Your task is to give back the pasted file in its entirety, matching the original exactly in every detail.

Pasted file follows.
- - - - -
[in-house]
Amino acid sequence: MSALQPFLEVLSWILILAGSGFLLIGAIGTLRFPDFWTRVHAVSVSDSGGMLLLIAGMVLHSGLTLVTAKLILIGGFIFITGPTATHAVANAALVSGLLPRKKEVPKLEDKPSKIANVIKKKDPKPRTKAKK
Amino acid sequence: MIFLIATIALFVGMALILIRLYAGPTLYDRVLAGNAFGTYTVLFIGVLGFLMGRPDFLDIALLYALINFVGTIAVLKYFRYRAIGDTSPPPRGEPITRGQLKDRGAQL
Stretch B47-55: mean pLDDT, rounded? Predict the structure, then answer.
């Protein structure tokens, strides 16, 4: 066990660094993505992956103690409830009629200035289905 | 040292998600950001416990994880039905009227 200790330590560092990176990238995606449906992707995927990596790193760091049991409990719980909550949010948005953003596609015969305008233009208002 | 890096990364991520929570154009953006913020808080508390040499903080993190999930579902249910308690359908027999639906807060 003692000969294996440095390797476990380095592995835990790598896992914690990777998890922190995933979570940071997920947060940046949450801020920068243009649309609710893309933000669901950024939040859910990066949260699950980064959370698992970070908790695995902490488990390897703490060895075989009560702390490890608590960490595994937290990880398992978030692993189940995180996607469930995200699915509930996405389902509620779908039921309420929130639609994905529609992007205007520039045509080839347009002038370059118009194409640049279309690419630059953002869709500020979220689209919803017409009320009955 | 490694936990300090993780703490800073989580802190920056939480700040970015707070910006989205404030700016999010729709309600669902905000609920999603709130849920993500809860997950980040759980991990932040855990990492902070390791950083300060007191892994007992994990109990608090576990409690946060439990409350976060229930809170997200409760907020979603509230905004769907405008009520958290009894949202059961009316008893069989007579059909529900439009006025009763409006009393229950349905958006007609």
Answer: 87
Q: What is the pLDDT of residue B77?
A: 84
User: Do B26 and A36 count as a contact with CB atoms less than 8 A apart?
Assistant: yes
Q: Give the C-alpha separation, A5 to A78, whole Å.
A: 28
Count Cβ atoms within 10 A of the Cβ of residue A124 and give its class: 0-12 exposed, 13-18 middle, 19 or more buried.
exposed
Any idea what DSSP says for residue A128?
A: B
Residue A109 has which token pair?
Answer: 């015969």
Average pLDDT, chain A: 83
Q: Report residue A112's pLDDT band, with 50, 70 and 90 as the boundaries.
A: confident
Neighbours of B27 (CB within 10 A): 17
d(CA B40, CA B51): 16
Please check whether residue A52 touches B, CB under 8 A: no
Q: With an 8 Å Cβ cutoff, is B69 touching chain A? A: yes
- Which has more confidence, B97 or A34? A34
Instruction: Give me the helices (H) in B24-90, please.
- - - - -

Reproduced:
[in-house]
Amino acid sequence: MSALQPFLEVLSWILILAGSGFLLIGAIGTLRFPDFWTRVHAVSVSDSGGMLLLIAGMVLHSGLTLVTAKLILIGGFIFITGPTATHAVANAALVSGLLPRKKEVPKLEDKPSKIANVIKKKDPKPRTKAKK
Amino acid sequence: MIFLIATIALFVGMALILIRLYAGPTLYDRVLAGNAFGTYTVLFIGVLGFLMGRPDFLDIALLYALINFVGTIAVLKYFRYRAIGDTSPPPRGEPITRGQLKDRGAQL
Stretch B47-55: mean pLDDT, rounded? Predict the structure, then answer.
């Protein structure tokens, strides 16, 4: 066990660094993505992956103690409830009629200035289905 | 040292998600950001416990994880039905009227 200790330590560092990176990238995606449906992707995927990596790193760091049991409990719980909550949010948005953003596609015969305008233009208002 | 890096990364991520929570154009953006913020808080508390040499903080993190999930579902249910308690359908027999639906807060 003692000969294996440095390797476990380095592995835990790598896992914690990777998890922190995933979570940071997920947060940046949450801020920068243009649309609710893309933000669901950024939040859910990066949260699950980064959370698992970070908790695995902490488990390897703490060895075989009560702390490890608590960490595994937290990880398992978030692993189940995180996607469930995200699915509930996405389902509620779908039921309420929130639609994905529609992007205007520039045509080839347009002038370059118009194409640049279309690419630059953002869709500020979220689209919803017409009320009955 | 490694936990300090993780703490800073989580802190920056939480700040970015707070910006989205404030700016999010729709309600669902905000609920999603709130849920993500809860997950980040759980991990932040855990990492902070390791950083300060007191892994007992994990109990608090576990409690946060439990409350976060229930809170997200409760907020979603509230905004769907405008009520958290009894949202059961009316008893069989007579059909529900439009006025009763409006009393229950349905958006007609």
Answer: 87
Q: What is the pLDDT of residue B77?
A: 84
User: Do B26 and A36 count as a contact with CB atoms less than 8 A apart?
Assistant: yes
Q: Give the C-alpha separation, A5 to A78, whole Å.
A: 28
Count Cβ atoms within 10 A of the Cβ of residue A124 and give its class: 0-12 exposed, 13-18 middle, 19 or more buried.
exposed
Any idea what DSSP says for residue A128?
A: B
Residue A109 has which token pair?
Answer: 């015969």
Average pLDDT, chain A: 83
Q: Report residue A112's pLDDT band, with 50, 70 and 90 as the boundaries.
A: confident
Neighbours of B27 (CB within 10 A): 17
d(CA B40, CA B51): 16
Please check whether residue A52 touches B, CB under 8 A: no
Q: With an 8 Å Cβ cutoff, is B69 touching chain A? A: yes
- Which has more confidence, B97 or A34? A34
Instruction: Give me the helices (H) in B24-90, please.